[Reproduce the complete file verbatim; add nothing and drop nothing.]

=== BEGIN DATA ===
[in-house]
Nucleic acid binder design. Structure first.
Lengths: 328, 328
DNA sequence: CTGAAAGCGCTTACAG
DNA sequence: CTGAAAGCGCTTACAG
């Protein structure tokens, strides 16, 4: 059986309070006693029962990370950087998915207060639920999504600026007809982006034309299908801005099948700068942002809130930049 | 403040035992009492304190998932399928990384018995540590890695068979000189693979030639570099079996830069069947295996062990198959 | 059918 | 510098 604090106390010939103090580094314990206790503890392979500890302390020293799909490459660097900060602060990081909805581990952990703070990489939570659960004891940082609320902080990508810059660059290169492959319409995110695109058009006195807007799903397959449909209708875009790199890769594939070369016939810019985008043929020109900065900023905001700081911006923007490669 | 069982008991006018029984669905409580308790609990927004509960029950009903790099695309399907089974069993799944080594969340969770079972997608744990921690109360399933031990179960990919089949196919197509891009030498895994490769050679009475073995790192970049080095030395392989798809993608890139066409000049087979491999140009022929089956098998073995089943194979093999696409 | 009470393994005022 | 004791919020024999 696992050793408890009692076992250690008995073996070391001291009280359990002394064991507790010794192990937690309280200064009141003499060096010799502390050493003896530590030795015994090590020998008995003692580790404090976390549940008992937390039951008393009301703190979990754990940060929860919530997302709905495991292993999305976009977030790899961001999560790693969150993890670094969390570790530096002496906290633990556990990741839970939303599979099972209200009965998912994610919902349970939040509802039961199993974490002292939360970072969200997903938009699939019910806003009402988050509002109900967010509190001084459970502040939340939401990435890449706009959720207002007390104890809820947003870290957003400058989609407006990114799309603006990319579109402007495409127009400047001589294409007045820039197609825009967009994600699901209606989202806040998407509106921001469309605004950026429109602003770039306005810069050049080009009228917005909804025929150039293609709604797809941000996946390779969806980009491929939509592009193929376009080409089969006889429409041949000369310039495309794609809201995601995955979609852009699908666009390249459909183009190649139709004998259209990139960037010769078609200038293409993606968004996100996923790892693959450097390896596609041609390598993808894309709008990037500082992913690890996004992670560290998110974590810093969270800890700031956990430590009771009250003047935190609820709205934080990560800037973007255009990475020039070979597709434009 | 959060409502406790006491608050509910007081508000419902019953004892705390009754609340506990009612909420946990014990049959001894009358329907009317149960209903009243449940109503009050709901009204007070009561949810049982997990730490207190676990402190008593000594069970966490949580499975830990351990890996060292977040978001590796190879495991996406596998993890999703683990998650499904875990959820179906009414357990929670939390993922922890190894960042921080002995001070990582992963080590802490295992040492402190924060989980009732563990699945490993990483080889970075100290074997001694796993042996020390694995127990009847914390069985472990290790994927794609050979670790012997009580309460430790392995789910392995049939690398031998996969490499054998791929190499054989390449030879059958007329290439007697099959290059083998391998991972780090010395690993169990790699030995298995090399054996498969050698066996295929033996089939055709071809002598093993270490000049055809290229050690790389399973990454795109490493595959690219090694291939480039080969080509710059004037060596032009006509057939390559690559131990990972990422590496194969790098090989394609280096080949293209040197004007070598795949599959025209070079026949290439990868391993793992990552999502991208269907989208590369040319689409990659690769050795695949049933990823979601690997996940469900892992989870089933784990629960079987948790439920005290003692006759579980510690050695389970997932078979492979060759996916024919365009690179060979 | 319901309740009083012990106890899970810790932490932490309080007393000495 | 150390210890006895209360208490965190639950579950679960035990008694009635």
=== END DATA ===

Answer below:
[in-house]
Nucleic acid binder design. Structure first.
Lengths: 328, 328
DNA sequence: CTGAAAGCGCTTACAG
DNA sequence: CTGAAAGCGCTTACAG
């Protein structure tokens, strides 16, 4: 059986309070006693029962990370950087998915207060639920999504600026007809982006034309299908801005099948700068942002809130930049 | 403040035992009492304190998932399928990384018995540590890695068979000189693979030639570099079996830069069947295996062990198959 | 059918 | 510098 604090106390010939103090580094314990206790503890392979500890302390020293799909490459660097900060602060990081909805581990952990703070990489939570659960004891940082609320902080990508810059660059290169492959319409995110695109058009006195807007799903397959449909209708875009790199890769594939070369016939810019985008043929020109900065900023905001700081911006923007490669 | 069982008991006018029984669905409580308790609990927004509960029950009903790099695309399907089974069993799944080594969340969770079972997608744990921690109360399933031990179960990919089949196919197509891009030498895994490769050679009475073995790192970049080095030395392989798809993608890139066409000049087979491999140009022929089956098998073995089943194979093999696409 | 009470393994005022 | 004791919020024999 696992050793408890009692076992250690008995073996070391001291009280359990002394064991507790010794192990937690309280200064009141003499060096010799502390050493003896530590030795015994090590020998008995003692580790404090976390549940008992937390039951008393009301703190979990754990940060929860919530997302709905495991292993999305976009977030790899961001999560790693969150993890670094969390570790530096002496906290633990556990990741839970939303599979099972209200009965998912994610919902349970939040509802039961199993974490002292939360970072969200997903938009699939019910806003009402988050509002109900967010509190001084459970502040939340939401990435890449706009959720207002007390104890809820947003870290957003400058989609407006990114799309603006990319579109402007495409127009400047001589294409007045820039197609825009967009994600699901209606989202806040998407509106921001469309605004950026429109602003770039306005810069050049080009009228917005909804025929150039293609709604797809941000996946390779969806980009491929939509592009193929376009080409089969006889429409041949000369310039495309794609809201995601995955979609852009699908666009390249459909183009190649139709004998259209990139960037010769078609200038293409993606968004996100996923790892693959450097390896596609041609390598993808894309709008990037500082992913690890996004992670560290998110974590810093969270800890700031956990430590009771009250003047935190609820709205934080990560800037973007255009990475020039070979597709434009 | 959060409502406790006491608050509910007081508000419902019953004892705390009754609340506990009612909420946990014990049959001894009358329907009317149960209903009243449940109503009050709901009204007070009561949810049982997990730490207190676990402190008593000594069970966490949580499975830990351990890996060292977040978001590796190879495991996406596998993890999703683990998650499904875990959820179906009414357990929670939390993922922890190894960042921080002995001070990582992963080590802490295992040492402190924060989980009732563990699945490993990483080889970075100290074997001694796993042996020390694995127990009847914390069985472990290790994927794609050979670790012997009580309460430790392995789910392995049939690398031998996969490499054998791929190499054989390449030879059958007329290439007697099959290059083998391998991972780090010395690993169990790699030995298995090399054996498969050698066996295929033996089939055709071809002598093993270490000049055809290229050690790389399973990454795109490493595959690219090694291939480039080969080509710059004037060596032009006509057939390559690559131990990972990422590496194969790098090989394609280096080949293209040197004007070598795949599959025209070079026949290439990868391993793992990552999502991208269907989208590369040319689409990659690769050795695949049933990823979601690997996940469900892992989870089933784990629960079987948790439920005290003692006759579980510690050695389970997932078979492979060759996916024919365009690179060979 | 319901309740009083012990106890899970810790932490932490309080007393000495 | 150390210890006895209360208490965190639950579950679960035990008694009635």